Now in my fourth year I can confidently say that college is one of the best times of your life. If you are willing to care enough about yourself to reach out for help, you can take away some of the worry and replace it with the time and space to find who you are, what you love, and what you are capable of. This is your life and even though you may feel alone, but here in UL the truth is … you definitely aren’t.

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Firstly, thank you to this student who submitted this. Secondly, we talk with students in the HUB regularly about connecting with the counselling drop in, so call in to us or send us a message online if you want more info about it.

Didn’t get your first choice? It’s not the end of the world #ULStudentStories

Were you getting your CAO results today? Well then this twitter poll we carried out last night would suggest you likely either stayed up all night or have been up since very early this morning.

Hopefully most of you got your No.1 choice, however as we know all too well that isn’t always the case. As the CAO offers were released today it was a time of celebration for a lot of people but a confusing a difficult time for others who were offered something down their list of choices. Someone who that happened to in the past with their CAO was UL graduate Lauren Guilfoyle.

Lauren was a well known and very well liked Student during her time studying Physiotherapy in the Education and Health Sciences Faculty in UL. She was embedded in UL life academically and socially and played camogie here as well as helping the GAA club out with PR towards the end of her degree. However, as her instagram post today showed her road wasn’t as straightforward as some peoples.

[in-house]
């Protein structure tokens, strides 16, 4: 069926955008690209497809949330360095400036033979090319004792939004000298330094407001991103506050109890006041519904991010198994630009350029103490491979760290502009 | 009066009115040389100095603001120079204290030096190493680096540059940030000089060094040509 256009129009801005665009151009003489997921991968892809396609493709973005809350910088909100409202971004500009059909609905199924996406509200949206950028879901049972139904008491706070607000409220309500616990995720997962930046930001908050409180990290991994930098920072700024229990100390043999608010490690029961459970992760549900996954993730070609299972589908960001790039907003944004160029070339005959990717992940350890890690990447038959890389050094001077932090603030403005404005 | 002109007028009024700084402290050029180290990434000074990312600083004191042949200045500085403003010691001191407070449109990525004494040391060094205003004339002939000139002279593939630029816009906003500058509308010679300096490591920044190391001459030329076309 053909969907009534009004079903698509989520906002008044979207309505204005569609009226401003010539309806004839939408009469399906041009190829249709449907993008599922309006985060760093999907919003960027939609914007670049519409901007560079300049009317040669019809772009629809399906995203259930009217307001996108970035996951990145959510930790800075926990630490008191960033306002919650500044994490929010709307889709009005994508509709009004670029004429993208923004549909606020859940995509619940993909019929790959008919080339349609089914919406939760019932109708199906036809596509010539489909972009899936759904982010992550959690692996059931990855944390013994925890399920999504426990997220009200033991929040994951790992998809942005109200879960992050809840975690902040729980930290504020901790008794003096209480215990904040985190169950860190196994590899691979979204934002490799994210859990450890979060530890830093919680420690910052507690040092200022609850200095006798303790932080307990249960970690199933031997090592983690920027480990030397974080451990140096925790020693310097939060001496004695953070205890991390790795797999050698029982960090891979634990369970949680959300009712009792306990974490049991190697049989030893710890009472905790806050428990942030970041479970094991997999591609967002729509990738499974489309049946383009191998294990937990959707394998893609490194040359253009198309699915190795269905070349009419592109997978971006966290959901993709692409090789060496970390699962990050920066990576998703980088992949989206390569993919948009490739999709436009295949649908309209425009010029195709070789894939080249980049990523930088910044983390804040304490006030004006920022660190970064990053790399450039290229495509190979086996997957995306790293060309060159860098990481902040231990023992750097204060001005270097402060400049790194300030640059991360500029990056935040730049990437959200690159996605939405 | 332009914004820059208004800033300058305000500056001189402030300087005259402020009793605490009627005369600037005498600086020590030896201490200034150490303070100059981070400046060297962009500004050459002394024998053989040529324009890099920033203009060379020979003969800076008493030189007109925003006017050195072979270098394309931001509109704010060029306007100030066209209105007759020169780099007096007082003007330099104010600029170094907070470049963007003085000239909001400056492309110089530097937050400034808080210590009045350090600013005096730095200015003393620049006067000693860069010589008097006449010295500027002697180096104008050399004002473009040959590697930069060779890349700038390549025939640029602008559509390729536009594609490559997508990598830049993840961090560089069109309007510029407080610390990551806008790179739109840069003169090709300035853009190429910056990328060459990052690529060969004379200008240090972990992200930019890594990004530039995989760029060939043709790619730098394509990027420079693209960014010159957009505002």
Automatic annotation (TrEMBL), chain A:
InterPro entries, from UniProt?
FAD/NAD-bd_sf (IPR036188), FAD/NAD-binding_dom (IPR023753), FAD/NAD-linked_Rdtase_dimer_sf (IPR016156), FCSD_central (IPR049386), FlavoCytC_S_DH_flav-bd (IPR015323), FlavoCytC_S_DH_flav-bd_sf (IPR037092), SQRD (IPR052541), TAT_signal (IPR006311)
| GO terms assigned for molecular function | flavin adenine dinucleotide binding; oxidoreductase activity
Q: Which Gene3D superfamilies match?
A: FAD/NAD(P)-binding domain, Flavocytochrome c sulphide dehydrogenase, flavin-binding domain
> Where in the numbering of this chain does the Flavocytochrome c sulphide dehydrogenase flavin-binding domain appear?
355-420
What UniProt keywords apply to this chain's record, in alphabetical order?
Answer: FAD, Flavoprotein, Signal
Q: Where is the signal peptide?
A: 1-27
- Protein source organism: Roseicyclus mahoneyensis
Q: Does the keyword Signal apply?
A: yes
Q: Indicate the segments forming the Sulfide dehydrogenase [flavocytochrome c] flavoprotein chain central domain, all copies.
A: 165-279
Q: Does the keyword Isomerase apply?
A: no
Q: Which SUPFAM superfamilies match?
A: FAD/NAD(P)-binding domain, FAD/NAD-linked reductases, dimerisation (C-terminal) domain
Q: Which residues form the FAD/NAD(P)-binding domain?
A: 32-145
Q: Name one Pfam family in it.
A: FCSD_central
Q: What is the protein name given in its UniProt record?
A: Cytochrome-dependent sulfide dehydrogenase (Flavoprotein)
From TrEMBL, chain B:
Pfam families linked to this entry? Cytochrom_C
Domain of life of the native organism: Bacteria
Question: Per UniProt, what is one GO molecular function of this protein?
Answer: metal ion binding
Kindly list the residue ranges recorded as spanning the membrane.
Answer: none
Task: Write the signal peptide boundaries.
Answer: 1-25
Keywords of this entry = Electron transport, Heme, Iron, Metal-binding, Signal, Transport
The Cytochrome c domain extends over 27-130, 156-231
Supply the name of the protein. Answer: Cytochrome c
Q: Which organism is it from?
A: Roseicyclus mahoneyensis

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The caption to the post reads:

To everyone who got their first choice with the CAO today, well done! To those that didn’t, don’t worry. I missed my course by an agonising 5 points, got my exams rechecked, emailed everyone under the sun to see could I somehow transfer in, to no avail, and ended up starting a different course to get me to where I wanted to be. Fast forward to the second week of college, where I got a Round 7 CAO offer into the course I wanted, and 4 years later I graduate with an honours degree! If you didn’t get what you wanted today, it’s not the end of the world, although it may feel like it. You’ll get where you want to be, even if you have to take the extended route, it just means you need to put the hard work and effort in to get there. 👍🏼😀#CAO2016

Lauren’s is just one of the stories of people who didn’t get their first choice and came through UL to get exactly what they wanted.

If you have any questions about your CAO in general the  National Parents’ Council post-primary Leaving Cert./CAO helpline – 1800 265 165 – is open from 8am-7pm tomorrow (Tuesday the 23rd) and from 8am-1pm on Wednesday the 24th to provide guidance and support around the many issues that can arise for school-leavers at this time.

If you have any UL specific questions or queries you can ask us on Twitter or Facebook or email us at first.seven.weeks@ul.ie

Lauren is just after finishing a Physiotherapy internship in Sports Physio Ireland, and is also working with Pundit Arena as an interactive match day host.

Check out Lauren in action in this Pundit TV interview that has over 200,000 views